Knowledge Base

Should I use a directional or omnidirectional outside antenna?

Top Signal TS220971 LPDA directional antenna and Top Signal TS220971 omnidirectional cylinder antenna A directional LPDA antenna (left) and an omnidirectional cylinder antenna (right)

To send and receive signals to the cell tower, a cell phone signal booster requires an outside antenna (sometimes called a donor antenna).

A directional antenna needs to be pointed at the cell tower you wish to use. Directional antennas usually have superior gain and signal-to-noise characteristics, but they need to be tuned (adjusted until they’re receiving the best possible signal).

An omnidirectional (or omni) antenna can communicate with multiple towers in any direction. Omni antennas are easier to set up because they don’t have to be tuned.

Use a directional antenna when…

  • You have a clear line of sight from the antenna to the cell tower(s) and all needed towers are off in the same direction, or
  • The cell tower is very distant, or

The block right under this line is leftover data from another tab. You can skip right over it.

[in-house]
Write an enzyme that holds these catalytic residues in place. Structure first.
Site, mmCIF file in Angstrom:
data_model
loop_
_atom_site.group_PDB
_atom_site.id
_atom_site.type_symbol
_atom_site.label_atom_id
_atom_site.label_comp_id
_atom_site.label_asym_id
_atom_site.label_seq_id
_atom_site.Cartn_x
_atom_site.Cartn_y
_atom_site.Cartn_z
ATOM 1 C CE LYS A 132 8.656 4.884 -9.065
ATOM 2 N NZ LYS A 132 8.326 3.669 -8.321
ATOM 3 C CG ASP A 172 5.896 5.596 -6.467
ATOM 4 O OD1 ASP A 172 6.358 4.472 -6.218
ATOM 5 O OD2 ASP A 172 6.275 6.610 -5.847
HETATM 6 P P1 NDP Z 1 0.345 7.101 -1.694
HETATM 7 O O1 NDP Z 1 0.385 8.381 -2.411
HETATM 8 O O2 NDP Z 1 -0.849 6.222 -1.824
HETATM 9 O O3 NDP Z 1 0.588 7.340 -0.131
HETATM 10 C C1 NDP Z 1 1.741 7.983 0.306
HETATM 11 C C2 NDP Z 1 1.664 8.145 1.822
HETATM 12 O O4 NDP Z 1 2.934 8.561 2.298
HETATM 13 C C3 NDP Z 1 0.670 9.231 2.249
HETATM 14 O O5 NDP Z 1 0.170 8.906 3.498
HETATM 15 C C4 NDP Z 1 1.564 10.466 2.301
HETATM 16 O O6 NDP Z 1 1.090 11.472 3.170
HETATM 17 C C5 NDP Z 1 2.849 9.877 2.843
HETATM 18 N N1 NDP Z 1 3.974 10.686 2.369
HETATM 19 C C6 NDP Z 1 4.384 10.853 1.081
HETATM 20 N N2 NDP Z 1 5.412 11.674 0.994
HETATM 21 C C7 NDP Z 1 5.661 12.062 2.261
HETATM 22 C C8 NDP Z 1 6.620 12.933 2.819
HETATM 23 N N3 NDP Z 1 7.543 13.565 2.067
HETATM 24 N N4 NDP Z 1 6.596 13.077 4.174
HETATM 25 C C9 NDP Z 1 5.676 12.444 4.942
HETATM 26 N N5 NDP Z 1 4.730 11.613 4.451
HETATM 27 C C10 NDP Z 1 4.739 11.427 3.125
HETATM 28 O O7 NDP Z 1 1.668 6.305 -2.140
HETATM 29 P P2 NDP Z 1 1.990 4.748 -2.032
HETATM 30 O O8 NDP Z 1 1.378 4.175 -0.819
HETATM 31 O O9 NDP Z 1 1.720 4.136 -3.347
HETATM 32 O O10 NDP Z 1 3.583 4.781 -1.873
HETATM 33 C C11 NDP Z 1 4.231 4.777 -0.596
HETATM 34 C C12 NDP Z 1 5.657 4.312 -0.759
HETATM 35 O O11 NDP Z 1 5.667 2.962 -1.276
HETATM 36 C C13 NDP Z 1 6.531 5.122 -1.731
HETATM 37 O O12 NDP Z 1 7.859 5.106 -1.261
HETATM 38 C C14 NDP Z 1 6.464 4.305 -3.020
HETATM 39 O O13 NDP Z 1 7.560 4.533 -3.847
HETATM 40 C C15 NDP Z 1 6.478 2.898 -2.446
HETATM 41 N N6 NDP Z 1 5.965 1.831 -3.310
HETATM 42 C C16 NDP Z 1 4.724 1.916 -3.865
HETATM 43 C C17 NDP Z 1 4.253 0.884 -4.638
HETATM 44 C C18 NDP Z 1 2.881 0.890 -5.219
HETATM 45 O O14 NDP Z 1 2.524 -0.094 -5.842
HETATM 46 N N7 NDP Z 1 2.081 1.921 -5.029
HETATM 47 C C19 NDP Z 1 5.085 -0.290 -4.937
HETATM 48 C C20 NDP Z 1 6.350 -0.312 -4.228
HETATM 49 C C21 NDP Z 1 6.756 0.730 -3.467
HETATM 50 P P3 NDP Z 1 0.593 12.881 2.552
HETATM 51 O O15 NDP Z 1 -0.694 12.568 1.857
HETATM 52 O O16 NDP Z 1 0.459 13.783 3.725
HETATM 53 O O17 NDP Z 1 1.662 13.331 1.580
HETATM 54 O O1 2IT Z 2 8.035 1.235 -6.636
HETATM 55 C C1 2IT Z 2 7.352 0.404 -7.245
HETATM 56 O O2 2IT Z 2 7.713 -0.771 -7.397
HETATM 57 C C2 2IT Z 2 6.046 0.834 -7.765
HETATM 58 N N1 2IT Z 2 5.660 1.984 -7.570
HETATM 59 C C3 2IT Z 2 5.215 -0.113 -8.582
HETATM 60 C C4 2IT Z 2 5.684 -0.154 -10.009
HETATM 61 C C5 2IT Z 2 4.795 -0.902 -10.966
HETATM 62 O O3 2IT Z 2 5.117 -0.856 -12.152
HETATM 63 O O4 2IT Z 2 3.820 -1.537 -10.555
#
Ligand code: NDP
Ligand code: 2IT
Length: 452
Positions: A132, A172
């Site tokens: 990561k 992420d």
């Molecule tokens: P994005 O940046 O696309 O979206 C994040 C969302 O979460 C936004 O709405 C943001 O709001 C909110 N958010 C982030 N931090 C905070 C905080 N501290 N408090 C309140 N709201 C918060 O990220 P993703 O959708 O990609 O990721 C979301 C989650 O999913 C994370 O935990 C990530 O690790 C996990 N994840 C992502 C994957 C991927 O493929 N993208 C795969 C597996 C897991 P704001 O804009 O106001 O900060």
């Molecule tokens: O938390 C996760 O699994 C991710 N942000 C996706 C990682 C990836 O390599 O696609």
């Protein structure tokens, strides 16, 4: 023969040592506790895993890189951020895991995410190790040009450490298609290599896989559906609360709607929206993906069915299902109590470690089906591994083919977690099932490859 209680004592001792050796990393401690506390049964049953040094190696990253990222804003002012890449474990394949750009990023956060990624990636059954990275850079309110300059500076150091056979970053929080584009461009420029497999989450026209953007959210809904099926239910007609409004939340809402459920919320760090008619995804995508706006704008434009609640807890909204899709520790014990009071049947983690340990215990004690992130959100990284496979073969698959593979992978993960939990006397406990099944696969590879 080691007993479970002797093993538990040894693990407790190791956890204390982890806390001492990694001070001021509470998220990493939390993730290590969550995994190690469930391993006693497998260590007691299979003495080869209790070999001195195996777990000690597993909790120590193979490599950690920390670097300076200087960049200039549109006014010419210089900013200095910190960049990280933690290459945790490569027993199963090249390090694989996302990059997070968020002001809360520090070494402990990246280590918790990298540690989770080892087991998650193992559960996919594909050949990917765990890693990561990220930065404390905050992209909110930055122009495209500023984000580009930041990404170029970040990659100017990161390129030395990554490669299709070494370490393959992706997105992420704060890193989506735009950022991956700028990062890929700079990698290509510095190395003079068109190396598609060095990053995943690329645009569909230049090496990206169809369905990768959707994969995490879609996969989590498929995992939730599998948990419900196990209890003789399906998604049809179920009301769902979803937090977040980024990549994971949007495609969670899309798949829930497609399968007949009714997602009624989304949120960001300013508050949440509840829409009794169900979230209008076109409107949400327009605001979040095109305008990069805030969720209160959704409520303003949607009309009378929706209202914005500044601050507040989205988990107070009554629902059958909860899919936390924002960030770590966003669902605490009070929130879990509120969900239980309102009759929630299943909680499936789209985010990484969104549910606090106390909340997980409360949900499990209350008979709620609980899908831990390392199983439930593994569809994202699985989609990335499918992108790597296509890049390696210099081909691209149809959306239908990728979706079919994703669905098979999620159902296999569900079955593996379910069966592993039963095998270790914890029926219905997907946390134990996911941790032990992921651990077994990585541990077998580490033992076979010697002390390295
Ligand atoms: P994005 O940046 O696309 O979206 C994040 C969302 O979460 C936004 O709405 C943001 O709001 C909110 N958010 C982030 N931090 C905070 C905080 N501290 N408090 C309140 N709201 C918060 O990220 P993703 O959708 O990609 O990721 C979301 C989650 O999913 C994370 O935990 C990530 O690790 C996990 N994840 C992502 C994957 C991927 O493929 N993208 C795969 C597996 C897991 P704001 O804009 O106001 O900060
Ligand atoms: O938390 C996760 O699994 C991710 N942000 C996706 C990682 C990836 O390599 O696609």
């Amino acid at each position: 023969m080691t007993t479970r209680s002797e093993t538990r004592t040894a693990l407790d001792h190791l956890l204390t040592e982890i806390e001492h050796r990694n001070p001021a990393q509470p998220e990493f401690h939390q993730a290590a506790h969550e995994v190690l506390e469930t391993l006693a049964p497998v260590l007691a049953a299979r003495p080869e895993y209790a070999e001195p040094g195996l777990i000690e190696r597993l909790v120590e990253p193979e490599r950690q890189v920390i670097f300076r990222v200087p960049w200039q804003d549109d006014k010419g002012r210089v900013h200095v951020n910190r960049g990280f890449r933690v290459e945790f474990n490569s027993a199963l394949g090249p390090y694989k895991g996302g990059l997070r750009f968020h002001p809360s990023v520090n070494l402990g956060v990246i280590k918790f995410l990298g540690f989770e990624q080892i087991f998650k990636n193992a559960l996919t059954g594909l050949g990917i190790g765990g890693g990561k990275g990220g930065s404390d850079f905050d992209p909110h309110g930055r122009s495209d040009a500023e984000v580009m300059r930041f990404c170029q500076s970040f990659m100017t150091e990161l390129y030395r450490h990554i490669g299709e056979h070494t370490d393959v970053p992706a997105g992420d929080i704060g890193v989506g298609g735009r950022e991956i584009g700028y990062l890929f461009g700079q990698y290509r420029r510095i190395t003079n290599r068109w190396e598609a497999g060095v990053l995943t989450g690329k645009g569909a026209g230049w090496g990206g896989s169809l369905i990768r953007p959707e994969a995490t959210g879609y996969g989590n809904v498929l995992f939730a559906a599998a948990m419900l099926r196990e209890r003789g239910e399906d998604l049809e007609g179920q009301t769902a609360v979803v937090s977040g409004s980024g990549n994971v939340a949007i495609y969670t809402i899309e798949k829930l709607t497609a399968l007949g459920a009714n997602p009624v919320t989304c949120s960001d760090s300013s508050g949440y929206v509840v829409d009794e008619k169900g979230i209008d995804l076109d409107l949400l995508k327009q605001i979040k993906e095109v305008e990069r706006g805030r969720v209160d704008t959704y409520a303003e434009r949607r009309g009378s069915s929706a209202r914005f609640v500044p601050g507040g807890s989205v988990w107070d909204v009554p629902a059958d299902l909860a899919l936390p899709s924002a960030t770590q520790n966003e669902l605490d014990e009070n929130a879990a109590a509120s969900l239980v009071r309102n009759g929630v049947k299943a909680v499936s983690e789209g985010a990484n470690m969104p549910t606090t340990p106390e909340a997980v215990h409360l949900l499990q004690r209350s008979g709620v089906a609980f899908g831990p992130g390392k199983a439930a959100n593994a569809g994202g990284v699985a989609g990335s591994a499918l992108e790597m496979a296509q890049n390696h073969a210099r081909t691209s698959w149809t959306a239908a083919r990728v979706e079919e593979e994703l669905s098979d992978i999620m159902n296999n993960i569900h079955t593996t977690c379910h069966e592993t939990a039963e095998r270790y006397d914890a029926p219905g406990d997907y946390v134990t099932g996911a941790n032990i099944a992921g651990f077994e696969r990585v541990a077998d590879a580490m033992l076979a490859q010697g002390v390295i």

• You’ve tried an omni antenna and you need more gain or less noise.

Use an omni antenna when…

  • You don’t have a clear line of sight from the antenna to the cell tower, or
  • You’re in an area with mountains or dense forests, where the weak outside signal is reflecting off of natural objects, or
  • You’re in an urban/city environment, where the strong outside signal is reflecting off of buildings, or
  • You need to acquire signal for two or more carriers and their towers are off in different directions.

In most cases an omni antenna is the best choice because it’s easier to set up and doesn’t require tuning. Your situation, however, may work better with a directional, as long as you have a clear line of sight to the tower.